VIEWS FROM THE FRONTLINE

100,000 Perceptions of Risk

Global Recommendations Report

Executive summary

For decades governments, international institutions, civil society organisations and people living in at-risk communities have tried to prevent disasters. Global and national policies have come and gone. Yet time and again lives are still devastated by floods, storms, droughts, diseases, food shortages, poverty, conflict and pandemics.

Views from the Frontline is the largest independent global review of risk from the perspective of those living on the front line. It is a systemic analysis from the local perspective. The project identifies and compares the perspectives of local communities, local government representatives and local civil society organisations (CSOs). Our information enables stakeholders to bridge the gap between policy and practice, and strengthen two-way communication between communities and local, national and global risk reduction decision makers. The collected data can be disaggregated by country, community, age, gender and disability.

In 2019, we published our Views from the Frontline global report based on the findings of our surveys with 119,000 people in 50 countries. As we reach the halfway mark of the Sendai Framework for Disaster Risk Reduction, we now present seven global conclusions and eight advocacy messages to guide global decision making and strengthen disaster risk governance.

Risk is increasing. Covid-19, conflict, climate change, displacement, and food insecurity have increased exposure to negative shocks and stresses, pushed more people into poverty and reversed progress made on the Sustainable Development Goals and Sendai Framework for Disaster Risk Reduction.

People on the front line of risk continue to highlight the urgent need to strengthen risk reduction measures. In 2022, an estimated 274 million people will face hunger, conflict and displacement because of disasters, climate change and the Covid-19 pandemic. Climate change is being described as a super risk driver by communities on the front line. Conflict is an example of the systemic and global connectedness of risk. 

An example highlighted by those on the front line is the cascading risk being created by the conflict in Ukraine, which is directly increasing levels of food insecurity across the middle east and parts of Africa, pushing more people into poverty and hunger.

The civil society organisations we have surveyed report that increased levels of risk are combined with a lack of localisation and a failure of the global community to meaningfully listen to those on the front line of risk and ensure resources for disaster risk reduction reach the local level. To address these systemic and cascading risks we must actively listen to communities on the front line of risk.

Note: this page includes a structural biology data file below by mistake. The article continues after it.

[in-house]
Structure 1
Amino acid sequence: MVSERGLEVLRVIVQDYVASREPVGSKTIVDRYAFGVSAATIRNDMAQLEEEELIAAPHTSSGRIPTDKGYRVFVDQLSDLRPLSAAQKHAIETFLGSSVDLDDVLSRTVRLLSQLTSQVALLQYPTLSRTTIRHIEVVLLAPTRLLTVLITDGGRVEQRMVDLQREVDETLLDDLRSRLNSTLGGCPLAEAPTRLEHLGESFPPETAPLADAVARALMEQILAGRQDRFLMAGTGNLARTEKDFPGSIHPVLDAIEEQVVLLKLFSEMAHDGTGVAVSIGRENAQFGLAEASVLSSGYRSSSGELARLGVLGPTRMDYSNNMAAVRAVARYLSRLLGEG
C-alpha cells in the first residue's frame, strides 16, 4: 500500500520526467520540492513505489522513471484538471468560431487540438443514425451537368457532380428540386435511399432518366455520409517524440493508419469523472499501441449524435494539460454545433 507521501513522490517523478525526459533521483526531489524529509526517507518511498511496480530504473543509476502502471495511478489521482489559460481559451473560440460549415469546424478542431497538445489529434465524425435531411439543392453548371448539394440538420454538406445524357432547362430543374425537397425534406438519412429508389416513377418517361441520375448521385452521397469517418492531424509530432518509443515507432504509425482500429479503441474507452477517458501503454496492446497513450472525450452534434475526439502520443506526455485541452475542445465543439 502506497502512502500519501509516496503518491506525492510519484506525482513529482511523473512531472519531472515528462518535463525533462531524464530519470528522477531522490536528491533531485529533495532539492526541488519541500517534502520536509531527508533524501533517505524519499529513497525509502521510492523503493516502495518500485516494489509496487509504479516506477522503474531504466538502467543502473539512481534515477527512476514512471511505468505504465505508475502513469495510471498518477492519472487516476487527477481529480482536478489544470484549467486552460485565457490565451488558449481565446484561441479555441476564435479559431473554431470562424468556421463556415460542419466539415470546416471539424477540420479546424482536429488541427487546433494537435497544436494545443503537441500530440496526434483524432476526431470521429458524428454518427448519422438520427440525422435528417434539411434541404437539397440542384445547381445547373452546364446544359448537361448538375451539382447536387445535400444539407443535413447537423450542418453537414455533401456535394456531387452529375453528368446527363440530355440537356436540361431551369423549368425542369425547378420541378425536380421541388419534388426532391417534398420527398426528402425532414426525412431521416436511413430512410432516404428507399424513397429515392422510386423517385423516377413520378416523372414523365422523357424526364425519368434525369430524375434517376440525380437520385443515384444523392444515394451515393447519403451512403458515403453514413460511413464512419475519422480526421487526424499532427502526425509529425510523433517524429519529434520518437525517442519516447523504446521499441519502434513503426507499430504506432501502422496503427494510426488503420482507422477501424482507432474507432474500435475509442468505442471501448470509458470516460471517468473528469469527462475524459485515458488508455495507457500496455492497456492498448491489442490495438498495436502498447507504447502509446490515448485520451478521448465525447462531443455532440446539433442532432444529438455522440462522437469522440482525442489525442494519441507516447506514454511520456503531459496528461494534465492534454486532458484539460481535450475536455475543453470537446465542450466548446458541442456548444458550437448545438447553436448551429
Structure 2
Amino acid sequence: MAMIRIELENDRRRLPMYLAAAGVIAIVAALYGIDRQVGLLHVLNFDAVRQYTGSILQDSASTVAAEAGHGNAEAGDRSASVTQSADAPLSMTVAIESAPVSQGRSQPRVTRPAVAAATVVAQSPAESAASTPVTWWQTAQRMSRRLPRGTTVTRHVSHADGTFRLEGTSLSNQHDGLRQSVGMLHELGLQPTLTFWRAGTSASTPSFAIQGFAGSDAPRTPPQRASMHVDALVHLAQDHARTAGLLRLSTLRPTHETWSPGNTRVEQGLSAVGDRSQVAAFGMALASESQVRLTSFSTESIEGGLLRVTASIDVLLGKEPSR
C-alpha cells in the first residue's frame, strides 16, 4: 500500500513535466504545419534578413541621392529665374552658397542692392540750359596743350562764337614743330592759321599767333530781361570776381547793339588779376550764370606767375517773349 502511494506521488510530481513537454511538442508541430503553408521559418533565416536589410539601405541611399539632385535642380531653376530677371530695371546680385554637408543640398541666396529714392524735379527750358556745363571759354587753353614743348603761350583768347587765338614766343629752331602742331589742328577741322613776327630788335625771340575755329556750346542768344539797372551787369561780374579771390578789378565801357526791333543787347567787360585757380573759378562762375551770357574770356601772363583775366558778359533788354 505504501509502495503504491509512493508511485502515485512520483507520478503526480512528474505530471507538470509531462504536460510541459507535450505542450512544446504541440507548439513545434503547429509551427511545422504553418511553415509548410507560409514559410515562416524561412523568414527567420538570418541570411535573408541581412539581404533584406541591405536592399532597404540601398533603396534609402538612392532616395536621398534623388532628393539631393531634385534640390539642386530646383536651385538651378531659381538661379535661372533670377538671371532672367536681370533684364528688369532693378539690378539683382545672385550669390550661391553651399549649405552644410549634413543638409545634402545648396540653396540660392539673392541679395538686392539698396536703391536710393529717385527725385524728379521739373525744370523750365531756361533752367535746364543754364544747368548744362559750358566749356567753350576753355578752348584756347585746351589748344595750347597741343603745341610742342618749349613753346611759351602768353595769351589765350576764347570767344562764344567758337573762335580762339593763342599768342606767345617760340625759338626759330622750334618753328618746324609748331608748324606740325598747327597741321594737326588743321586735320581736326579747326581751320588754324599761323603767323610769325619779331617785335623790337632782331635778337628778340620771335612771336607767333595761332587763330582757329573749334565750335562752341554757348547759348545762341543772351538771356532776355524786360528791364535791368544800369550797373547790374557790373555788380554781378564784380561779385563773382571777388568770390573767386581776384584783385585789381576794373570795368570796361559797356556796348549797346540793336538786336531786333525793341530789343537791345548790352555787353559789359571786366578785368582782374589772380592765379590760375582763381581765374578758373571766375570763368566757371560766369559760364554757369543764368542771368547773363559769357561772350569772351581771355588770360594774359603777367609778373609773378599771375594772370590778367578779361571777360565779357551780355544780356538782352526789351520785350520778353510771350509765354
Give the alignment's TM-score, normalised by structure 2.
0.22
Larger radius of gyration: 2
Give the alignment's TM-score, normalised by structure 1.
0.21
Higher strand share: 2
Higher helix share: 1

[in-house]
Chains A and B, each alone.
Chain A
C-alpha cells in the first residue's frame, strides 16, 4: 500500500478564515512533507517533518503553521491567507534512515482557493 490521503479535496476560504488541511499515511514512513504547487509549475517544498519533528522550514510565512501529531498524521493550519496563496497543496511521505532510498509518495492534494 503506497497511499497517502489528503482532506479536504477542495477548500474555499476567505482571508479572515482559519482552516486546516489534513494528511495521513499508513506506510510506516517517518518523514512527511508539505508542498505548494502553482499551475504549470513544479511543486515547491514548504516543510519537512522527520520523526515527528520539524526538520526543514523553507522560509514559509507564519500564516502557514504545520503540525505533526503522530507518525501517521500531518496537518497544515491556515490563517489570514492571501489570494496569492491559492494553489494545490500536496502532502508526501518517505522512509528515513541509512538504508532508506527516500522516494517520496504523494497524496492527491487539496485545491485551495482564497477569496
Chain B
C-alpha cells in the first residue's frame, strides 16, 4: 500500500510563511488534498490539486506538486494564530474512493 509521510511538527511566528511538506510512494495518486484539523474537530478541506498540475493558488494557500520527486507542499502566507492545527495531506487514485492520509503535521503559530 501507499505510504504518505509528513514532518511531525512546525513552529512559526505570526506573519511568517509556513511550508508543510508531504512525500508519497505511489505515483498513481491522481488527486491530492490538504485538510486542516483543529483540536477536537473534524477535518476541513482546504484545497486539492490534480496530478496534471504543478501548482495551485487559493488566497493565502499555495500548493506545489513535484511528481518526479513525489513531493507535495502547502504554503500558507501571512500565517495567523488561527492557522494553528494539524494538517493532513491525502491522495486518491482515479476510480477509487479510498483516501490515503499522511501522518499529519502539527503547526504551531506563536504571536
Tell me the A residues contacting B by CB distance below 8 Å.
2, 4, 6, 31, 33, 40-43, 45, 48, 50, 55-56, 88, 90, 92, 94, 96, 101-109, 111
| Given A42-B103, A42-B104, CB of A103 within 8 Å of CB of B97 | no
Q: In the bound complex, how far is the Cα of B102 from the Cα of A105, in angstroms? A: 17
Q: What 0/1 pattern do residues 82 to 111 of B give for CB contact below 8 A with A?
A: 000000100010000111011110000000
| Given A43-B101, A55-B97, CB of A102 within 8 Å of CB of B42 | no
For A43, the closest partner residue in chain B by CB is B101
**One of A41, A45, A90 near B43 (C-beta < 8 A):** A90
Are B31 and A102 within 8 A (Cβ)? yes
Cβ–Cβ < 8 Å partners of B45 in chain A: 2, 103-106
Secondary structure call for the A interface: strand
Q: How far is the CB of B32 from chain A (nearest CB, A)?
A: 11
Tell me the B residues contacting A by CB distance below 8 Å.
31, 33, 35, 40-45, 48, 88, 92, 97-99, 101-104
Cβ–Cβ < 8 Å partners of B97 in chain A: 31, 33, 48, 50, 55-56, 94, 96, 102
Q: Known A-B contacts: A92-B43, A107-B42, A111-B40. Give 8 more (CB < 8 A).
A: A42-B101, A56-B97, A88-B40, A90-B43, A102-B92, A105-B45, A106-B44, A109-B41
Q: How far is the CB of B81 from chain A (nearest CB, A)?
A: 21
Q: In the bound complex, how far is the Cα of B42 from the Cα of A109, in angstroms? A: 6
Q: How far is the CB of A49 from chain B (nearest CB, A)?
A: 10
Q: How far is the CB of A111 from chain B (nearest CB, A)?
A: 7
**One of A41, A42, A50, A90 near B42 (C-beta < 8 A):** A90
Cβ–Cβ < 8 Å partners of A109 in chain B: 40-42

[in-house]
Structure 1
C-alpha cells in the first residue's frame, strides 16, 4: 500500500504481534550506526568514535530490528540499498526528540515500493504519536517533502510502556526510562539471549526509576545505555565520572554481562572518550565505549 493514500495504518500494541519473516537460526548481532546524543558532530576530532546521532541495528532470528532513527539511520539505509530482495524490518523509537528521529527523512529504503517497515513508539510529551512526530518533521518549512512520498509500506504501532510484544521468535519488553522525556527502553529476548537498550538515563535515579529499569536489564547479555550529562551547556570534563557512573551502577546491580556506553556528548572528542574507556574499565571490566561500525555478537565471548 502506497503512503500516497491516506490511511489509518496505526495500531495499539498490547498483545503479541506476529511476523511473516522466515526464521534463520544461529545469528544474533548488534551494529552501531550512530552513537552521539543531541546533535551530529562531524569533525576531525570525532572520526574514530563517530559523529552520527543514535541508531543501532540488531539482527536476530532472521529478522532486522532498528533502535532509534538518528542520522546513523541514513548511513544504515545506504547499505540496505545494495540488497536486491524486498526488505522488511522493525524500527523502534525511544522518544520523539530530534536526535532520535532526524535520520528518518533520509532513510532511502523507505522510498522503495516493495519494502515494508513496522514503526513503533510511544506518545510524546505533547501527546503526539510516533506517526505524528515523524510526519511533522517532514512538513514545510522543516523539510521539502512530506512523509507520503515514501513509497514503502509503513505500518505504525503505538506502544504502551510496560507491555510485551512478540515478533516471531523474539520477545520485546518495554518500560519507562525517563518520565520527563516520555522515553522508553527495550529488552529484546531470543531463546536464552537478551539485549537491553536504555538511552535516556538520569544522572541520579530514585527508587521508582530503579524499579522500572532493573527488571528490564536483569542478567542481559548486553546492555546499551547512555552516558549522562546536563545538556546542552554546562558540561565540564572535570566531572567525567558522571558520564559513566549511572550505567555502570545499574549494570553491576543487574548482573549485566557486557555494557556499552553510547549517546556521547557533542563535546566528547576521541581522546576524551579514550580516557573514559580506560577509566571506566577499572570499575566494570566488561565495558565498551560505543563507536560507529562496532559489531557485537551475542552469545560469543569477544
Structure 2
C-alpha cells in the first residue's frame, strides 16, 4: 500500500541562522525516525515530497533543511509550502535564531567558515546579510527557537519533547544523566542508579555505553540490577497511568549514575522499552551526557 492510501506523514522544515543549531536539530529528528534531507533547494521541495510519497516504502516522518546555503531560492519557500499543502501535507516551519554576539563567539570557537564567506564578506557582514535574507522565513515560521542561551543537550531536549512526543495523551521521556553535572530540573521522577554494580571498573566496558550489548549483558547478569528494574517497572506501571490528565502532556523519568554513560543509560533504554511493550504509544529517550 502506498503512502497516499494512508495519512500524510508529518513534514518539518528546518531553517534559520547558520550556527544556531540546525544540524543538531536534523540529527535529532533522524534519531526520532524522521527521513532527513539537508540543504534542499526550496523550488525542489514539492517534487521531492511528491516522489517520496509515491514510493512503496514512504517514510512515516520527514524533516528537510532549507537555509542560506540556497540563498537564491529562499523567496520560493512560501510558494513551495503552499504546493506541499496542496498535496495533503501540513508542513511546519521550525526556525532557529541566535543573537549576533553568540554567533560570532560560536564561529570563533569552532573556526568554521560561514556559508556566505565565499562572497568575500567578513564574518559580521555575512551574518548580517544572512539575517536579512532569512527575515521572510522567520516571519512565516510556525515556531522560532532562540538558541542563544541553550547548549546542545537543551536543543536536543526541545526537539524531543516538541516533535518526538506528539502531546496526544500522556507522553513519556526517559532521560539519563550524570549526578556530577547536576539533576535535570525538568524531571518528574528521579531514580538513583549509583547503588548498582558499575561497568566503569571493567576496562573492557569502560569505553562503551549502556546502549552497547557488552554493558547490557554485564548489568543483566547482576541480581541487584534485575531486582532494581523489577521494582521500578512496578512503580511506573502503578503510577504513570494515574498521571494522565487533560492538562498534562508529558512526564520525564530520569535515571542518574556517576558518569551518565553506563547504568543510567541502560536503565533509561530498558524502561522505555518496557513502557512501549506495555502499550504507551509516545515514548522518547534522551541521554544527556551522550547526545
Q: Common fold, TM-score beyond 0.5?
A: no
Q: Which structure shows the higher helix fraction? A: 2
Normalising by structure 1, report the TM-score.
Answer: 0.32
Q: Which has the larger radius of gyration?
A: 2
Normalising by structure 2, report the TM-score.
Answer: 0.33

The seven global conclusions include:

  • Complex threats require a whole-of-government and whole-of-society approach
  • Communities are still being excluded from decision making; participation is poorly planned, resulting in lost voices
  • Poor governance means there is a lack of accountability in place for risk governance
  • There is still a lack of local funding for DRR
  • We are still facing an information gap on risk at the local level
  • Development is not yet risk-informed
  • Nature-based solutions are not being prioritised

This report maps out recommendations for how these challenges can be practically addressed and sets out eight key advocacy messages for all stakeholders to take forward.

Download the full report

This report is available to download in a single PDF format in three languages.

  • English
  • French (coming soon)
  • Spanish (coming soon)

Views from the Frontline

Find out more about our Views from the Frontline project – including data and impact from each country.

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Project funded by

European Union

Our Views from the Frontline project is funded by the European Union (EU). Content related to this project on our website was made possible by the support of the EU. All content is the sole responsibility of GNDR and does not necessarily reflect the views of the EU.

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